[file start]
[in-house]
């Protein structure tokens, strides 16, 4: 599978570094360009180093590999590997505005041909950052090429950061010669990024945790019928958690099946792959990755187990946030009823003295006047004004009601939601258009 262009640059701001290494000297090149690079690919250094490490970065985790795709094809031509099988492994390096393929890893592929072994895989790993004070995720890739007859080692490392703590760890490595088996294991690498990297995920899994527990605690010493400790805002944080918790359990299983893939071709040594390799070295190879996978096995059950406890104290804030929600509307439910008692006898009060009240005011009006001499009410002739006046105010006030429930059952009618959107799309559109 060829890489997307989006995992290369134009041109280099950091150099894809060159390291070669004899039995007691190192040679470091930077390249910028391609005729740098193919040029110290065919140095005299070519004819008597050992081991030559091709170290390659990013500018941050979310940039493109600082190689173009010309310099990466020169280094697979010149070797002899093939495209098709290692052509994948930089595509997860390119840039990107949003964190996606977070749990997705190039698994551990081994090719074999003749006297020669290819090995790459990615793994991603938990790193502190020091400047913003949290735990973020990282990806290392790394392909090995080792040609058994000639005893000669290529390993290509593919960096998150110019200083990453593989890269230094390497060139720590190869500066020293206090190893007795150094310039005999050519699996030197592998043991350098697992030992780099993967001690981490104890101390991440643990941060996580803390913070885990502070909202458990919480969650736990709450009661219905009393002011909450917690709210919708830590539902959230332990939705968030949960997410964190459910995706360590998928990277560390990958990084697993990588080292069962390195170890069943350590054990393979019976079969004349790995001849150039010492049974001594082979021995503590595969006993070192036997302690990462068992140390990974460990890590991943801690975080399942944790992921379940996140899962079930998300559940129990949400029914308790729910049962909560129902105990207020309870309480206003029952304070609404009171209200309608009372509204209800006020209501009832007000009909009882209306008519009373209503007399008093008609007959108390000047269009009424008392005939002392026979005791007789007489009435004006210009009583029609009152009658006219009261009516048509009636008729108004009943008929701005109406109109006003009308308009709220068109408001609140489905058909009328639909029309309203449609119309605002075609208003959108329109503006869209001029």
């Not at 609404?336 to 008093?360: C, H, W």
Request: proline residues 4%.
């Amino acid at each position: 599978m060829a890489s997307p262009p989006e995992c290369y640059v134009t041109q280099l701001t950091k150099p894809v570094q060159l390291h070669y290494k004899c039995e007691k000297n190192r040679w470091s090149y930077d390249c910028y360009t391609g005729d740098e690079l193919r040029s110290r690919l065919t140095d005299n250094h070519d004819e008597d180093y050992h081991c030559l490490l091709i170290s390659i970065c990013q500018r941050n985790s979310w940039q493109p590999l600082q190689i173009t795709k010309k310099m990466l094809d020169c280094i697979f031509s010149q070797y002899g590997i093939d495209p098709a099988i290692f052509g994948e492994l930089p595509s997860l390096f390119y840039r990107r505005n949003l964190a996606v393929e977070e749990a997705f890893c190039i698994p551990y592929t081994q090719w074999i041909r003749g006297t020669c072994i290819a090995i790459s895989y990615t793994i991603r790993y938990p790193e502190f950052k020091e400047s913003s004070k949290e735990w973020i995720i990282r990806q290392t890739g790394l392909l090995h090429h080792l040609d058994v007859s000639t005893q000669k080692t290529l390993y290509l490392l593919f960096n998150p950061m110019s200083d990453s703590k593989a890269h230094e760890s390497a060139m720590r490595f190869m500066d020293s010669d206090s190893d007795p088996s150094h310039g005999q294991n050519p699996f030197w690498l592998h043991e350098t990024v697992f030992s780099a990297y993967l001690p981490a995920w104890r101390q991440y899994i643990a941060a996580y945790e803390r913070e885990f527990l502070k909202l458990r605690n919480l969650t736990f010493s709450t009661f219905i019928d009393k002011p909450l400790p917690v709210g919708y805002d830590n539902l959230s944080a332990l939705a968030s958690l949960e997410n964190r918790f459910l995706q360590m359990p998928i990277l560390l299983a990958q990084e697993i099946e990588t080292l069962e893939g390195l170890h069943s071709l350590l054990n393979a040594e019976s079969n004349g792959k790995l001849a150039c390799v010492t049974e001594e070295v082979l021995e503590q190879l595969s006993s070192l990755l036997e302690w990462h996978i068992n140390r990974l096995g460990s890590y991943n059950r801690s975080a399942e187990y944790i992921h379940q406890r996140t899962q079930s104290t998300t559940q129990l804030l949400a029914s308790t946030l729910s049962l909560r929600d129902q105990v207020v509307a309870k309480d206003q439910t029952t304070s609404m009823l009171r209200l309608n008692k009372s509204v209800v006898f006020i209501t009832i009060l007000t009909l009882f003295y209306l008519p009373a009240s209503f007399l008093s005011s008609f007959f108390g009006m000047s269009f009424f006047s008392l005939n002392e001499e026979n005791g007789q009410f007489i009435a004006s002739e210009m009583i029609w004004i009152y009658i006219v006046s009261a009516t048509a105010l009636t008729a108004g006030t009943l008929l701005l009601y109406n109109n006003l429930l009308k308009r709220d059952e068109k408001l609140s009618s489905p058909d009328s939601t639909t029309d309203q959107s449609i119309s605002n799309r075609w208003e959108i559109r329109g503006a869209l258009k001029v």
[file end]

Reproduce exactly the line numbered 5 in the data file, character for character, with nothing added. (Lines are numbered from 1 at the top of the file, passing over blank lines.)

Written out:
């Amino acid at each position: 599978m060829a890489s997307p262009p989006e995992c290369y640059v134009t041109q280099l701001t950091k150099p894809v570094q060159l390291h070669y290494k004899c039995e007691k000297n190192r040679w470091s090149y930077d390249c910028y360009t391609g005729d740098e690079l193919r040029s110290r690919l065919t140095d005299n250094h070519d004819e008597d180093y050992h081991c030559l490490l091709i170290s390659i970065c990013q500018r941050n985790s979310w940039q493109p590999l600082q190689i173009t795709k010309k310099m990466l094809d020169c280094i697979f031509s010149q070797y002899g590997i093939d495209p098709a099988i290692f052509g994948e492994l930089p595509s997860l390096f390119y840039r990107r505005n949003l964190a996606v393929e977070e749990a997705f890893c190039i698994p551990y592929t081994q090719w074999i041909r003749g006297t020669c072994i290819a090995i790459s895989y990615t793994i991603r790993y938990p790193e502190f950052k020091e400047s913003s004070k949290e735990w973020i995720i990282r990806q290392t890739g790394l392909l090995h090429h080792l040609d058994v007859s000639t005893q000669k080692t290529l390993y290509l490392l593919f960096n998150p950061m110019s200083d990453s703590k593989a890269h230094e760890s390497a060139m720590r490595f190869m500066d020293s010669d206090s190893d007795p088996s150094h310039g005999q294991n050519p699996f030197w690498l592998h043991e350098t990024v697992f030992s780099a990297y993967l001690p981490a995920w104890r101390q991440y899994i643990a941060a996580y945790e803390r913070e885990f527990l502070k909202l458990r605690n919480l969650t736990f010493s709450t009661f219905i019928d009393k002011p909450l400790p917690v709210g919708y805002d830590n539902l959230s944080a332990l939705a968030s958690l949960e997410n964190r918790f459910l995706q360590m359990p998928i990277l560390l299983a990958q990084e697993i099946e990588t080292l069962e893939g390195l170890h069943s071709l350590l054990n393979a040594e019976s079969n004349g792959k790995l001849a150039c390799v010492t049974e001594e070295v082979l021995e503590q190879l595969s006993s070192l990755l036997e302690w990462h996978i068992n140390r990974l096995g460990s890590y991943n059950r801690s975080a399942e187990y944790i992921h379940q406890r996140t899962q079930s104290t998300t559940q129990l804030l949400a029914s308790t946030l729910s049962l909560r929600d129902q105990v207020v509307a309870k309480d206003q439910t029952t304070s609404m009823l009171r209200l309608n008692k009372s509204v209800v006898f006020i209501t009832i009060l007000t009909l009882f003295y209306l008519p009373a009240s209503f007399l008093s005011s008609f007959f108390g009006m000047s269009f009424f006047s008392l005939n002392e001499e026979n005791g007789q009410f007489i009435a004006s002739e210009m009583i029609w004004i009152y009658i006219v006046s009261a009516t048509a105010l009636t008729a108004g006030t009943l008929l701005l009601y109406n109109n006003l429930l009308k308009r709220d059952e068109k408001l609140s009618s489905p058909d009328s939601t639909t029309d309203q959107s449609i119309s605002n799309r075609w208003e959108i559109r329109g503006a869209l258009k001029v």